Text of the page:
Here’s hoping that this current situation was the product of a misunderstanding, that both parties can be satisfied this is the case – and that the FA can conduct an urgent root and branch review into the standard of evidence and corroboration required before its wheels of justice start to grind. There is a very real danger here that our national sport’s venerable governing body might just end up looking even more stupid and out-of-touch than usual.

Three Leeds Wishes: Norwich Down, Snodgrass Back & Cellino Approved – by Rob Atkinson

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As a long-suffering Leeds fan, I’ve learned to temper my expectations and to live with disappointment for the vast majority of the time.  Such is the lot of most genuine football fans, only the plastic glory-hunters can expect much better – and even they will eventually experience hard times, as the fate of Man U this season is comically proving.  So my wishes tend to be few and simple, and right now they can be distilled down to three major desires I’d love to see fulfilled over the next couple of months.

For once, none of these revolve around disease, pestilence or other misfortunes for those lovely people at the Theatre of Hollow Myths.  The poor old Pride of Devon are having a horrible season and the red quarter of Manchester has had to suffer anew today, watching the city’s premier club walk off with the season’s first silverware.  I wish bad cess to them, as ever, but they seem to be screwing up all on their own at the moment, so I can devote my wishes elsewhere in the knowledge that the Evil Empire is crumbling of its own accord – I’ll just offer up a small prayer for Mr Moyes, who is doing such a fantastic job over there on t’wrong side of t’Hills.

My wishes then, are as follows:

  1. I would very much like Norwich City to get relegated.  This would scratch an itch that’s been troubling me for a few years now, ever since a bunch of backwoods yonners started raiding my beloved Leeds and their yokel fans began gloating about the circumstances which brought this ridiculous state of affairs about.  I really can’t stand jumped-up little clubs acting above their station, and Norwich have been guilty of this several times lately – so I’m afraid I wish doom upon them – and after today’s meek loss at Villa, I might just get what I’m after.  If they got relegated, it would be some sort of karma, and it’d be bloody funny besides.  So screw you, Delia – oh dear, how sad, tough.  I’m sure you’ll be able to drown your sorrows when this joyous event comes to pass.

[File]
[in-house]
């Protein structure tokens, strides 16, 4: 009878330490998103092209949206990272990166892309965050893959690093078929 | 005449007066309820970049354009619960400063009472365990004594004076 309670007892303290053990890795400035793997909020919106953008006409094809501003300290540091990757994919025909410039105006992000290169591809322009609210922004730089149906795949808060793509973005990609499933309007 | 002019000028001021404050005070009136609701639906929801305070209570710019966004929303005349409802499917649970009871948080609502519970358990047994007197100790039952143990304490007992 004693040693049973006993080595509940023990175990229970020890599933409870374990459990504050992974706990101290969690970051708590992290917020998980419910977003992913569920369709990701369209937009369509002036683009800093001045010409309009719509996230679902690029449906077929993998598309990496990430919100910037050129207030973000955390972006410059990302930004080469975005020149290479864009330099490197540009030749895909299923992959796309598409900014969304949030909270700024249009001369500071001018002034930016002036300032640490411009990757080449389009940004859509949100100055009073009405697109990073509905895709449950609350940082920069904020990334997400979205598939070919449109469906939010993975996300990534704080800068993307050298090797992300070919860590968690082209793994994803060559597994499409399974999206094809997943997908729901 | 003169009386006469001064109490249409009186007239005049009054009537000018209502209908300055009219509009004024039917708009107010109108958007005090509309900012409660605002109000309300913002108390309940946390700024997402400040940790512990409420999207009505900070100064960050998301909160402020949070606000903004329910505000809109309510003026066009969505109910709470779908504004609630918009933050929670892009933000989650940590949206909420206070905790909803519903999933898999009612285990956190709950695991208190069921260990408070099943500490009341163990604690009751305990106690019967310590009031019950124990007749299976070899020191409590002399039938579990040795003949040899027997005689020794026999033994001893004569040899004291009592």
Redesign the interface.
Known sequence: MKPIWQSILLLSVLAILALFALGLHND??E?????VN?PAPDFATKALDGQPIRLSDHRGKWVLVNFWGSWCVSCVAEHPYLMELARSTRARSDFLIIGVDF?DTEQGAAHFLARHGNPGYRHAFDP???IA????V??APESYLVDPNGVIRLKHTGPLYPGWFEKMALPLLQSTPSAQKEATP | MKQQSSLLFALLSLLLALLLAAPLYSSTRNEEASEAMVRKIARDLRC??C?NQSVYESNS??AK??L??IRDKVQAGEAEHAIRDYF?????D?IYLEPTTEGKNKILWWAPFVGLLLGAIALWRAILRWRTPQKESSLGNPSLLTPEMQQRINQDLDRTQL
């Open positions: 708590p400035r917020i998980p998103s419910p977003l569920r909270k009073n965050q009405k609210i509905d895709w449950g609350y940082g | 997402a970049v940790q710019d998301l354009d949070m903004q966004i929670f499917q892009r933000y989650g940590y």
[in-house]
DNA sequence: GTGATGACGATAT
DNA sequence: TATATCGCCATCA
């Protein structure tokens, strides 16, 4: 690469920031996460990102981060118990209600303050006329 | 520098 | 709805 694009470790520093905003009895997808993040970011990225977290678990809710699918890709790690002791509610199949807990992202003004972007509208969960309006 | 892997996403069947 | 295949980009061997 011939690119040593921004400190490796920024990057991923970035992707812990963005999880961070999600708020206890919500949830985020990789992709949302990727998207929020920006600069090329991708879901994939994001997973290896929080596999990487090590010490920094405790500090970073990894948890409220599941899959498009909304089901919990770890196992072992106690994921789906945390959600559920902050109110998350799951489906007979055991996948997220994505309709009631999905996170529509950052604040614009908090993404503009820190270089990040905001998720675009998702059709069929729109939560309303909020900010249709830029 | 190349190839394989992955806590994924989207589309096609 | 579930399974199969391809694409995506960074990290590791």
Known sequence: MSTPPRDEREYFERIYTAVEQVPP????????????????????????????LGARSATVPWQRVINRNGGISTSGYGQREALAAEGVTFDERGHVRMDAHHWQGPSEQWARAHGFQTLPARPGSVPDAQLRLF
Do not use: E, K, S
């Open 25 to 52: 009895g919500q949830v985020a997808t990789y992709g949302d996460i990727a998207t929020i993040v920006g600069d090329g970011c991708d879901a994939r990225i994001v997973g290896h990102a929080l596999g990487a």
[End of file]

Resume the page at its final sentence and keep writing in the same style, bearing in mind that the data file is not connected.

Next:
2. Related to (1) above – I want Snoddy back.  He’s class, he’s far too good for a tiny little outfit like Naaaaaaarritch – and he belongs at Leeds.  There’s a rumour that we have first option – so if that’s true, if Norwich get relegated and IF we’re rich enough (see 3) – then it’d be rude not to enforce our contractual rights and nick Snoddy back. I do believe he’d be a better person for it, too.  But then again, I’m biased.
  3. This could really be number 1 – however, I had spite to vent on Norwich City first.  But it’s vital that we get Massimo Cellino confirmed as Leeds United owner as soon as possible, so we really need the Football League to get off their arses, get their finger out and get it sorted, quickly.  All prayers beyond that for David Moyes should be directed towards this desirable outcome.  When we get the ownership outcome sorted, we can look forward to a substantially different investment and transfer policy, ownership of Elland Road, and much, much more, as they say in the adverts. Make it happen, the sooner the better.

The granting of these three wishes will do me for now – but inevitably they would lead on to more wishes of an increasingly ambitious and extravagant nature.  This is only to be expected – Leeds have been poor relations for far too long, and it’s high time we had some seriously good things to look forward to. So: whoever’s in charge of these things – please take note.  Sort out these three small wishes for me, and stand by for further communications in the near future.

Thank you.